Legislature’s tax plan includes more than just raising corporate business tax

The corporate business tax increase being pushed by state Senate President Steve Sweeney and Assembly Speaker Craig Coughlin does a lot more than just counter Gov. Phil Murphy’s millionaire’s tax.

The bill, a copy of which was obtained by ROI-NJ, includes more than just the two separate corporate tax hikes, which are tied to companies’ size. It also includes a tax on monies repatriated under President Donald Trump’s federal tax reform, which was used as the basis to justify the bill, and allows for certain exemptions for entities such as international banks.

In a media briefing Monday, Sweeney (D-West Deptford) and Coughlin (D-Woodbridge) said the bill raises the current 9 percent blanket corporate tax rate to 11.5 percent for businesses with revenues from $1 million to $25 million, and 13 percent for companies with revenues over $25 million.

These increases are scheduled to expire after two years, but, until they do, would give New Jersey the highest corporate business tax in the country.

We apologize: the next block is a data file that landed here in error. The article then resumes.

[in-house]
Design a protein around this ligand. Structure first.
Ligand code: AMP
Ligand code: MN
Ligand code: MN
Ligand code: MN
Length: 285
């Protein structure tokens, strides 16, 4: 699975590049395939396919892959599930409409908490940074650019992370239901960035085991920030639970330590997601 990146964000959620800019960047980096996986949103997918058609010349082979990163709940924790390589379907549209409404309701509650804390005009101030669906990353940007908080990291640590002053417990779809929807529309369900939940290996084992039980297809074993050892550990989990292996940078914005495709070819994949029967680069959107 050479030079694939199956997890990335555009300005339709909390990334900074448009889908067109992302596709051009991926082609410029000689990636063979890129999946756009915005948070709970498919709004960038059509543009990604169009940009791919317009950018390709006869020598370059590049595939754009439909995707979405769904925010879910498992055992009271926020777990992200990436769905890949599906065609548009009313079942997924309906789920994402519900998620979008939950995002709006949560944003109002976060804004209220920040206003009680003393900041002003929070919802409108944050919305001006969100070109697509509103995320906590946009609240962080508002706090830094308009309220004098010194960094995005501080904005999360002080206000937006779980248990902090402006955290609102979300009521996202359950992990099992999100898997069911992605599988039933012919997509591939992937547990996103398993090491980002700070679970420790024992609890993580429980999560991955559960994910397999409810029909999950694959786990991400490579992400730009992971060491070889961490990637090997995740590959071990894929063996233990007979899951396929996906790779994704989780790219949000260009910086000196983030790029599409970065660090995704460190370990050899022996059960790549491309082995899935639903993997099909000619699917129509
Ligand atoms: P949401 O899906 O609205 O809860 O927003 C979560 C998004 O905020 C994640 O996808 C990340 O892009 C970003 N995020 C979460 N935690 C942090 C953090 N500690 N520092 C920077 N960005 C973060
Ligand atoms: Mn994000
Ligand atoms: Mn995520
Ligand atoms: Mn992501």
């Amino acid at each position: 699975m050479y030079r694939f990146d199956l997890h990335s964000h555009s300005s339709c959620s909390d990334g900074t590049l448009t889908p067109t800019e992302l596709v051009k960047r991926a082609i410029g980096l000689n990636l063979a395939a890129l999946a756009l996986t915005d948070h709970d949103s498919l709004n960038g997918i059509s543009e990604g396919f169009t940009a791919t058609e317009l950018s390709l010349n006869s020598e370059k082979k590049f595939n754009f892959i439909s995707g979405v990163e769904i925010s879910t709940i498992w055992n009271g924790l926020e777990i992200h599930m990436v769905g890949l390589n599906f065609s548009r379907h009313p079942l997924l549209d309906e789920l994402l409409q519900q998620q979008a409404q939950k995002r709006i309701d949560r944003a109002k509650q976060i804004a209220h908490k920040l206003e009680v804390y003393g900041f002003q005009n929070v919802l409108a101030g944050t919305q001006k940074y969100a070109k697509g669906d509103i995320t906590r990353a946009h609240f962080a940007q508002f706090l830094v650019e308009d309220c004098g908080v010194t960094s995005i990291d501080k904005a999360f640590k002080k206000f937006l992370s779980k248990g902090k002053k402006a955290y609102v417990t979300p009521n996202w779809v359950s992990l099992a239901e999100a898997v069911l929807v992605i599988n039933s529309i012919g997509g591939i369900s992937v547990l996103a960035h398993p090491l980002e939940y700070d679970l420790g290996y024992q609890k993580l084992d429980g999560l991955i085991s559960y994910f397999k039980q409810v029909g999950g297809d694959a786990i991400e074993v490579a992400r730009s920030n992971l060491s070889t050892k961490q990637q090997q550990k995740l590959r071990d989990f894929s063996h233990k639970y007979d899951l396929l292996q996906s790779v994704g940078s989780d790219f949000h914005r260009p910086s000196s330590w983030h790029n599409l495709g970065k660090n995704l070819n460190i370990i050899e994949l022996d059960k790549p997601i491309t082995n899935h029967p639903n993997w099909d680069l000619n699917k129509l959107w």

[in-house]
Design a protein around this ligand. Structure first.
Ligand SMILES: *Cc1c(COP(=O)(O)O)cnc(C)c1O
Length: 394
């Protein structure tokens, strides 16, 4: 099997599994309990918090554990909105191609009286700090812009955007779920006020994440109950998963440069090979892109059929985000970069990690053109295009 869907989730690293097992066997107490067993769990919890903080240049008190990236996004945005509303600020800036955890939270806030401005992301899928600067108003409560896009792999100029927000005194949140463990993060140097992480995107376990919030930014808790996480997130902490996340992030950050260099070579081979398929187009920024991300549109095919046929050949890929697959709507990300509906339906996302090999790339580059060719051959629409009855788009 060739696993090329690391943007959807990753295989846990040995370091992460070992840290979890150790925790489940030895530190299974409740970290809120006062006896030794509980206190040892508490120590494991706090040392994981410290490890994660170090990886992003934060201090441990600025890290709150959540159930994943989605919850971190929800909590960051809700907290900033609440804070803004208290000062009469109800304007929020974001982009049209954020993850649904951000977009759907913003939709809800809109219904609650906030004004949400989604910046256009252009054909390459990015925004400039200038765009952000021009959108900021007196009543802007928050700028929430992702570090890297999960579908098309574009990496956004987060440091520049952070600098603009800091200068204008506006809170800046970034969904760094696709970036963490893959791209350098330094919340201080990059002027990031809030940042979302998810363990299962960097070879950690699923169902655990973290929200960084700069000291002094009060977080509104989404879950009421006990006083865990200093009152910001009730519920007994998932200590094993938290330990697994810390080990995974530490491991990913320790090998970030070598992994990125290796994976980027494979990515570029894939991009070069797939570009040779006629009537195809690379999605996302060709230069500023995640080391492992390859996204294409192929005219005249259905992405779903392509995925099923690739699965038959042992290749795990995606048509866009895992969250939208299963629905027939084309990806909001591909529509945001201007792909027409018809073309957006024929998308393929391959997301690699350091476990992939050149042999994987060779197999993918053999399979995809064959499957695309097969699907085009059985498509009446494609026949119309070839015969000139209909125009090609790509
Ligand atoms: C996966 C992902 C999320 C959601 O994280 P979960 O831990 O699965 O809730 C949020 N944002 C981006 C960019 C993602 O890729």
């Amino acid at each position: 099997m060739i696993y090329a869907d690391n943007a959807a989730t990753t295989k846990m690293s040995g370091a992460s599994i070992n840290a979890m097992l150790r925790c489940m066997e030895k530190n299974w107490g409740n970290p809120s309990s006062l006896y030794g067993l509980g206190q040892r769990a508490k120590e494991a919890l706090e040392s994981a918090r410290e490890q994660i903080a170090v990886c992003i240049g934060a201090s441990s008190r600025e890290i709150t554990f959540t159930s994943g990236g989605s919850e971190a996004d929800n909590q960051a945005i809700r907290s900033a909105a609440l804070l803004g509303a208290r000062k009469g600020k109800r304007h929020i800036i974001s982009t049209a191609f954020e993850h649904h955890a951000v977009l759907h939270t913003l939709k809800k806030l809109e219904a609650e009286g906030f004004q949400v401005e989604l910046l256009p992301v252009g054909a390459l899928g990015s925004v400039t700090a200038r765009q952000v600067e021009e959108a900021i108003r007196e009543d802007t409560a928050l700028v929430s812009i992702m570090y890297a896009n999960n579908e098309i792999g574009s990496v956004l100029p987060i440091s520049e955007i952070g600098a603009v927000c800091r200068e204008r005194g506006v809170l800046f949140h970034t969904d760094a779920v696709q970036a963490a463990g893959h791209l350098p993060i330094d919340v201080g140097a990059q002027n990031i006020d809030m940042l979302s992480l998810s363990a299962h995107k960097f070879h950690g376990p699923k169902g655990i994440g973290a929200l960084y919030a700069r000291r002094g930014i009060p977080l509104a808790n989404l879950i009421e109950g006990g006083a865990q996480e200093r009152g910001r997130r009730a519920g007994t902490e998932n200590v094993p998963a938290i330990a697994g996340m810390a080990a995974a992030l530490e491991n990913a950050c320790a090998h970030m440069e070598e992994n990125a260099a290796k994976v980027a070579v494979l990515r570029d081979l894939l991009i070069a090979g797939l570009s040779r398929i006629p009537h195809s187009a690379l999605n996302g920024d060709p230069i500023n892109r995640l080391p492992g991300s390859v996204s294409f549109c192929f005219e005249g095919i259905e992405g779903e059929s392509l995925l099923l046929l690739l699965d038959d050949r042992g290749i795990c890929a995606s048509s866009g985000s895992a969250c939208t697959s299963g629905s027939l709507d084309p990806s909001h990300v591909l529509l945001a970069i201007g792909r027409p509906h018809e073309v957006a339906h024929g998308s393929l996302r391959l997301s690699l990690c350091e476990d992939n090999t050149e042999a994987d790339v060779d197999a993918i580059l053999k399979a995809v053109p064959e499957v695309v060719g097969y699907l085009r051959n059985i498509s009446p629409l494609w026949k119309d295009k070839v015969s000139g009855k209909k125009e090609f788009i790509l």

The tax bill is separate from the Legislature’s budget bill, but the revenues generated by the corporate tax are dedicated to the budget.

Those revenues may be greater than originally thought, too, according to Michele Siekerka, CEO and president of the New Jersey Business & Industry Association.

The bill, she said, doesn’t just tax any revenues after $1 million, it taxes every dollar of a company’s revenues once they surpass $1 million.

Siekerka said this was stunning.

“We understood from the beginning that a surcharge (tax hike) meant $1,000,001 and up,” she said. “(But) when you go up to a $1,000,001, you go back and tax the entire amount from dollar one. So, you’re talking about 13 percent on dollar one all the way up. That’s a significant difference.”